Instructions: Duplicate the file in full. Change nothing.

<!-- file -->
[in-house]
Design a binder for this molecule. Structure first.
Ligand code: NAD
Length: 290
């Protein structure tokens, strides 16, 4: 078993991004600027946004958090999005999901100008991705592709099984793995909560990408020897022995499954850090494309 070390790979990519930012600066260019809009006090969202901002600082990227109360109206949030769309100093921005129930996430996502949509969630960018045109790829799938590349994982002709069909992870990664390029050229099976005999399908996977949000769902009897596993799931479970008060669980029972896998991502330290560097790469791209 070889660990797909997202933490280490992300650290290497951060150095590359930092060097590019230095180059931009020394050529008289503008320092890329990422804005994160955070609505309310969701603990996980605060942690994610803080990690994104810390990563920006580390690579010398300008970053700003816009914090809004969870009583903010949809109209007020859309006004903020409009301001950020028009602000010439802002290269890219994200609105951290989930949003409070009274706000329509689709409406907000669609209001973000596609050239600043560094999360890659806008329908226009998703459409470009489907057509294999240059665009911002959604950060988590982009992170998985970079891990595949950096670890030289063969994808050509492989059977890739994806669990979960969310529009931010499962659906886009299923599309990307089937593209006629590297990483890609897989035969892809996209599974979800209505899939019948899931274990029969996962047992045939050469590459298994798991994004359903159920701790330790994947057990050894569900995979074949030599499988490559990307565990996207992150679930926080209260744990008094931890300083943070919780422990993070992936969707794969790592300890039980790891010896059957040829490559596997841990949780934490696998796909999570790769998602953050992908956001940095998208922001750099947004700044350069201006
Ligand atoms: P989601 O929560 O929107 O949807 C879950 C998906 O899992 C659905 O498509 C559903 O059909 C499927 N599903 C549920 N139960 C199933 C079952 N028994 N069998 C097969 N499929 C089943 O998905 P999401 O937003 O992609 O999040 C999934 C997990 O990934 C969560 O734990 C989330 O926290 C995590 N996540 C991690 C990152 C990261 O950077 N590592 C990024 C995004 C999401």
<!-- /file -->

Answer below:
[in-house]
Design a binder for this molecule. Structure first.
Ligand code: NAD
Length: 290
């Protein structure tokens, strides 16, 4: 078993991004600027946004958090999005999901100008991705592709099984793995909560990408020897022995499954850090494309 070390790979990519930012600066260019809009006090969202901002600082990227109360109206949030769309100093921005129930996430996502949509969630960018045109790829799938590349994982002709069909992870990664390029050229099976005999399908996977949000769902009897596993799931479970008060669980029972896998991502330290560097790469791209 070889660990797909997202933490280490992300650290290497951060150095590359930092060097590019230095180059931009020394050529008289503008320092890329990422804005994160955070609505309310969701603990996980605060942690994610803080990690994104810390990563920006580390690579010398300008970053700003816009914090809004969870009583903010949809109209007020859309006004903020409009301001950020028009602000010439802002290269890219994200609105951290989930949003409070009274706000329509689709409406907000669609209001973000596609050239600043560094999360890659806008329908226009998703459409470009489907057509294999240059665009911002959604950060988590982009992170998985970079891990595949950096670890030289063969994808050509492989059977890739994806669990979960969310529009931010499962659906886009299923599309990307089937593209006629590297990483890609897989035969892809996209599974979800209505899939019948899931274990029969996962047992045939050469590459298994798991994004359903159920701790330790994947057990050894569900995979074949030599499988490559990307565990996207992150679930926080209260744990008094931890300083943070919780422990993070992936969707794969790592300890039980790891010896059957040829490559596997841990949780934490696998796909999570790769998602953050992908956001940095998208922001750099947004700044350069201006
Ligand atoms: P989601 O929560 O929107 O949807 C879950 C998906 O899992 C659905 O498509 C559903 O059909 C499927 N599903 C549920 N139960 C199933 C079952 N028994 N069998 C097969 N499929 C089943 O998905 P999401 O937003 O992609 O999040 C999934 C997990 O990934 C969560 O734990 C989330 O926290 C995590 N996540 C991690 C990152 C990261 O950077 N590592 C990024 C995004 C999401």